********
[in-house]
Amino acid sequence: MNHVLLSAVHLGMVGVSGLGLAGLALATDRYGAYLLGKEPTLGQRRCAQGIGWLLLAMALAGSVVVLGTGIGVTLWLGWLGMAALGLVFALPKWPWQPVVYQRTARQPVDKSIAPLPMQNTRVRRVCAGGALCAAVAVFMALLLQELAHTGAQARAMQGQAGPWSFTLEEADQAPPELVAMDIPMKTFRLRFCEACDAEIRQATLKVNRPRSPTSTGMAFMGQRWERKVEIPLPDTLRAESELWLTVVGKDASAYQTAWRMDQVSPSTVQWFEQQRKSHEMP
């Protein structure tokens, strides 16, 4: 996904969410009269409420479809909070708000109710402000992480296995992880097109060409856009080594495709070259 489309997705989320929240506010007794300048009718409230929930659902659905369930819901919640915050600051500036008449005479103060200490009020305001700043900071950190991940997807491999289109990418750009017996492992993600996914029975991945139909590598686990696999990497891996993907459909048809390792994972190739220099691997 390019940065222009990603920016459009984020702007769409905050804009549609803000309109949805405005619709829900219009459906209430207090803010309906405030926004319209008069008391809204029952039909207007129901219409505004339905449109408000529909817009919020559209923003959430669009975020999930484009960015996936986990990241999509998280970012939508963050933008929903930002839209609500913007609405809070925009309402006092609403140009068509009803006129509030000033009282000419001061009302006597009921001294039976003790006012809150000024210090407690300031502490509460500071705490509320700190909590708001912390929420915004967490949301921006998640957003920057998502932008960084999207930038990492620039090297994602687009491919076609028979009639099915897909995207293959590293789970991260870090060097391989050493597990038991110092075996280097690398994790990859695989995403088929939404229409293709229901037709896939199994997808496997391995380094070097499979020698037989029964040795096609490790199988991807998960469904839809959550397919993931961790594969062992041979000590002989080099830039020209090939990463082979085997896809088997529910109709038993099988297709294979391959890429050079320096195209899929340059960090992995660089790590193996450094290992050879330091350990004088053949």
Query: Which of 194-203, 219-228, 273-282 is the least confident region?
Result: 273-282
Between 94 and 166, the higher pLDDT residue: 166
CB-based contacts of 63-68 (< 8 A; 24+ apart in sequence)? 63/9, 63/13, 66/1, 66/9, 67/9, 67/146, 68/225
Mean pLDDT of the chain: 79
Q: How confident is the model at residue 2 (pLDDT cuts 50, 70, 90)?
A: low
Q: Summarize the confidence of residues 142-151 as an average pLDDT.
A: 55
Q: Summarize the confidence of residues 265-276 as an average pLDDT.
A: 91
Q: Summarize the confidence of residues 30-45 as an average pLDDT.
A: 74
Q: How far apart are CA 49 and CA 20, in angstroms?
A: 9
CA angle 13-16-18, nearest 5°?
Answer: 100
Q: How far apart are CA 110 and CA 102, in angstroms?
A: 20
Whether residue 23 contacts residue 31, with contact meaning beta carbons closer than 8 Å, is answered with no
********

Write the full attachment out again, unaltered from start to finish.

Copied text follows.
[in-house]
Amino acid sequence: MNHVLLSAVHLGMVGVSGLGLAGLALATDRYGAYLLGKEPTLGQRRCAQGIGWLLLAMALAGSVVVLGTGIGVTLWLGWLGMAALGLVFALPKWPWQPVVYQRTARQPVDKSIAPLPMQNTRVRRVCAGGALCAAVAVFMALLLQELAHTGAQARAMQGQAGPWSFTLEEADQAPPELVAMDIPMKTFRLRFCEACDAEIRQATLKVNRPRSPTSTGMAFMGQRWERKVEIPLPDTLRAESELWLTVVGKDASAYQTAWRMDQVSPSTVQWFEQQRKSHEMP
């Protein structure tokens, strides 16, 4: 996904969410009269409420479809909070708000109710402000992480296995992880097109060409856009080594495709070259 489309997705989320929240506010007794300048009718409230929930659902659905369930819901919640915050600051500036008449005479103060200490009020305001700043900071950190991940997807491999289109990418750009017996492992993600996914029975991945139909590598686990696999990497891996993907459909048809390792994972190739220099691997 390019940065222009990603920016459009984020702007769409905050804009549609803000309109949805405005619709829900219009459906209430207090803010309906405030926004319209008069008391809204029952039909207007129901219409505004339905449109408000529909817009919020559209923003959430669009975020999930484009960015996936986990990241999509998280970012939508963050933008929903930002839209609500913007609405809070925009309402006092609403140009068509009803006129509030000033009282000419001061009302006597009921001294039976003790006012809150000024210090407690300031502490509460500071705490509320700190909590708001912390929420915004967490949301921006998640957003920057998502932008960084999207930038990492620039090297994602687009491919076609028979009639099915897909995207293959590293789970991260870090060097391989050493597990038991110092075996280097690398994790990859695989995403088929939404229409293709229901037709896939199994997808496997391995380094070097499979020698037989029964040795096609490790199988991807998960469904839809959550397919993931961790594969062992041979000590002989080099830039020209090939990463082979085997896809088997529910109709038993099988297709294979391959890429050079320096195209899929340059960090992995660089790590193996450094290992050879330091350990004088053949």
Query: Which of 194-203, 219-228, 273-282 is the least confident region?
Result: 273-282
Between 94 and 166, the higher pLDDT residue: 166
CB-based contacts of 63-68 (< 8 A; 24+ apart in sequence)? 63/9, 63/13, 66/1, 66/9, 67/9, 67/146, 68/225
Mean pLDDT of the chain: 79
Q: How confident is the model at residue 2 (pLDDT cuts 50, 70, 90)?
A: low
Q: Summarize the confidence of residues 142-151 as an average pLDDT.
A: 55
Q: Summarize the confidence of residues 265-276 as an average pLDDT.
A: 91
Q: Summarize the confidence of residues 30-45 as an average pLDDT.
A: 74
Q: How far apart are CA 49 and CA 20, in angstroms?
A: 9
CA angle 13-16-18, nearest 5°?
Answer: 100
Q: How far apart are CA 110 and CA 102, in angstroms?
A: 20
Whether residue 23 contacts residue 31, with contact meaning beta carbons closer than 8 Å, is answered with no